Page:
In this sense, different new requirements have been identified for the REWIRE system, which are being fulfilled by new, customized functionalities. Some requirements the REWIRE consortium have identified cover:

  • A key management system and key hierarchies.
  • Attribute-based access control, through which only authenticated devices should have access to keys from the Keystone key hierarchy.
  • Creation of verifiable key restriction policies, which are necessary for runtime device state integrity checks.
  • Advanced cryptographic mechanisms.
  • Remote attestation and local attestation using key restriction usage policies.
  • Assurance of firmware authenticity, integrity and versioning, for secure firmware updates.
  • Ability to update enclave applications without leaking or losing the current state of said application.
  • Secure and persistent storage.
  • Establishing a secure communication channel between TEEs that enables e.g. enclave migration between them.

Out of the newly defined, customized functionalities, being able to securely update firmware and software is of paramount importance in REWIRE. This new functionality shall guarantee source authentication and authorization, data protection as features that help prevent unauthorized modifications or tampering with the firmware version distributed as well as with stored data, logging, rollback/recovery process, secure storage, and restricting privileges for the update installation. In other words, the system must be able to configure – based on certain policies – the security posture of a given application, and then be able to run and securely update the application (firmware) inside an enclave, if and only if it was able to verify the integrity of such application and the applicability of the firmware update (e.g. through the version number).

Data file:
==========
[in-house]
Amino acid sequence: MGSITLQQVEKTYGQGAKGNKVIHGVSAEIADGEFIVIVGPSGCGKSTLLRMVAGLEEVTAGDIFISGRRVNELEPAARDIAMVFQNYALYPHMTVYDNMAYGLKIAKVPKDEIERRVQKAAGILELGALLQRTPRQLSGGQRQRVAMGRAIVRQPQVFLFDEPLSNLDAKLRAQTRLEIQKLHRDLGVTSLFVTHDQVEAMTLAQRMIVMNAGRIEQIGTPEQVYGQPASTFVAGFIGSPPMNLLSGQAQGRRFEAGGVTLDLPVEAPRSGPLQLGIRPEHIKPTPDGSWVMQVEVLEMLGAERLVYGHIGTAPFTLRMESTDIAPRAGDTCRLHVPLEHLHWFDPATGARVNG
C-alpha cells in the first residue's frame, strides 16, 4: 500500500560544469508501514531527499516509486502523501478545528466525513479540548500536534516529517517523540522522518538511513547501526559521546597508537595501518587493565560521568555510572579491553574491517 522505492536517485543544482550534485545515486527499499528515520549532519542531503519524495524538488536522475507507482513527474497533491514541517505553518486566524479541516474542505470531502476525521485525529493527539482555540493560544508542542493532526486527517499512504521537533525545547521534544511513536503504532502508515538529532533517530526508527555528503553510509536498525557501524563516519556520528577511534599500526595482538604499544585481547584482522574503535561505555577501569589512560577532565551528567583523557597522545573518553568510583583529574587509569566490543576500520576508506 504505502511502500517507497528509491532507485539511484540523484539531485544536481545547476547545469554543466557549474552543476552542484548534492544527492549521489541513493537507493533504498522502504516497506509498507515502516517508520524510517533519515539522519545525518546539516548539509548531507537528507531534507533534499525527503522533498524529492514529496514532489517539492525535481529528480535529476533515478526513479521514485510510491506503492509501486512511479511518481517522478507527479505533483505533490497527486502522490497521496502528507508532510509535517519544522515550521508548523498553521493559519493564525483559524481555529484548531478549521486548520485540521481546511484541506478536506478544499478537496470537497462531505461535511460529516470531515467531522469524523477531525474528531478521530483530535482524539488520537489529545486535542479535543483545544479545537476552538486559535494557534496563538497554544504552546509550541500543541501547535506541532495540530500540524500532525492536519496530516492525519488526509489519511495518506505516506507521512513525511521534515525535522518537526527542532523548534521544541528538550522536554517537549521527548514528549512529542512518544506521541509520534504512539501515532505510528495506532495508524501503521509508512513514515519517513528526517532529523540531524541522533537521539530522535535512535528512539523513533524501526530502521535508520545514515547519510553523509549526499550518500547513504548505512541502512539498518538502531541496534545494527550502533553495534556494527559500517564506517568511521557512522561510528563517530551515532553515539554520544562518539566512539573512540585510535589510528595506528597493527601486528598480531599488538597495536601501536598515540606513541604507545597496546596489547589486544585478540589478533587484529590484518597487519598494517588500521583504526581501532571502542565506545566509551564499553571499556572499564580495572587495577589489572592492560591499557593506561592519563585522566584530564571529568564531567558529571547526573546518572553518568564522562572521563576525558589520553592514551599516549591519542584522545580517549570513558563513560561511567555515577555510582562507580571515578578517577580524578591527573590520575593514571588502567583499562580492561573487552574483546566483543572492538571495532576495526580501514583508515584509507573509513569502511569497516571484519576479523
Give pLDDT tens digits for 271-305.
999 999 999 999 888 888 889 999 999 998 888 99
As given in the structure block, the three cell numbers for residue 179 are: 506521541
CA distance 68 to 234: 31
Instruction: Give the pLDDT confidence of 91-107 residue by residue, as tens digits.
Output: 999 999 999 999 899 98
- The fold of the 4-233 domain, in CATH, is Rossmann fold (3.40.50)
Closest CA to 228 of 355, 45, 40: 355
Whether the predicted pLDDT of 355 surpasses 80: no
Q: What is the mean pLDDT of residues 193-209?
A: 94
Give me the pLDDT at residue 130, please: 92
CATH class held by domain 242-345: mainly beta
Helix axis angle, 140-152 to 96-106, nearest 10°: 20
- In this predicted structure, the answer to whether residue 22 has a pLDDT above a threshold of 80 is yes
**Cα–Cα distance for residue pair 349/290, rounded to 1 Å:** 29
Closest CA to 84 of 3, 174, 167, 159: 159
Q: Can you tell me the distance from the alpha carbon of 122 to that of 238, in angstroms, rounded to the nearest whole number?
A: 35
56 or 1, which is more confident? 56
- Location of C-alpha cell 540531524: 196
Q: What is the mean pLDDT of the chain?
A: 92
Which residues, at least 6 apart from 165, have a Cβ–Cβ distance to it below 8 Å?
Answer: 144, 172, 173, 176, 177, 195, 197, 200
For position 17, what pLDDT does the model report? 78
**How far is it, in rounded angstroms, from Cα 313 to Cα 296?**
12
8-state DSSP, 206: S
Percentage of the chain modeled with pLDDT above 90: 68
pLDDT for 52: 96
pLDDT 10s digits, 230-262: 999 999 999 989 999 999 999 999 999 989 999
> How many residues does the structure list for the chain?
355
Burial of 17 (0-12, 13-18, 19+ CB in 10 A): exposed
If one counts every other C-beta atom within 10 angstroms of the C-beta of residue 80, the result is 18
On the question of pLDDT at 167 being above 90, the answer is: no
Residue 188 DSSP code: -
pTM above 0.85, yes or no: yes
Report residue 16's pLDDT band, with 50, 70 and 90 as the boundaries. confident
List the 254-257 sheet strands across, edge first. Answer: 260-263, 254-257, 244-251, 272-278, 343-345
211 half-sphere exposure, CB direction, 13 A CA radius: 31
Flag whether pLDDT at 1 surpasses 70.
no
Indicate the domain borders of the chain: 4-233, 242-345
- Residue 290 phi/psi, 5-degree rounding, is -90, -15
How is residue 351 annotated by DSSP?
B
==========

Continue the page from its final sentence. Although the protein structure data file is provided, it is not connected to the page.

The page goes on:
The definition of new, customized elements inside the Keystone system has begun, extending the original basic three-layer scheme found in [5]. Currently, the consortium is working on the intra- and inter-component protocols that regulate the entire process flow, while a first proof of concept for this secure firmware update shall be ready in spring 2024. Stay tuned…

[1] Ben Lapid and Avishai Wool, “Cache-Attacks on the ARM TrustZone implementations of AES-256 and AES-256-GCM via GPU-based analysis”, Cryptology ePrint Archive, Paper 2018/621, 2018. https://eprint.iacr.org/2018/621

[2] Skarlatos, M. Yan, B. Gopireddy, R. Sprabery, J. Torrellas and C. W. Fletcher, “MicroScope: Enabling Microarchitectural Replay Attacks,” 2019 ACM/IEEE 46th Annual International Symposium on Computer Architecture (ISCA), Phoenix, AZ, USA, 2019, pp. 318-331

[3] Samira Briongos, Ghassan Karame, Claudio Soriente, and Annika Wilde. 2023. No Forking Way: Detecting Cloning Attacks on Intel SGX Applications. In Proceedings of the 39th Annual Computer Security Applications Conference (ACSAC ’23). Association for Computing Machinery, New York, NY, USA, 744–758. https://doi.org/10.1145/3627106.3627187

[4] Qiu, D. Wang, Y. Lyu and G. Qu, “VoltJockey: Breaking SGX by Software-Controlled Voltage-Induced Hardware Faults,” 2019 Asian Hardware Oriented Security and Trust Symposium (AsianHOST), Xi’an, China, 2019, pp. 1-6, doi: 10.1109/AsianHOST47458.2019.9006701.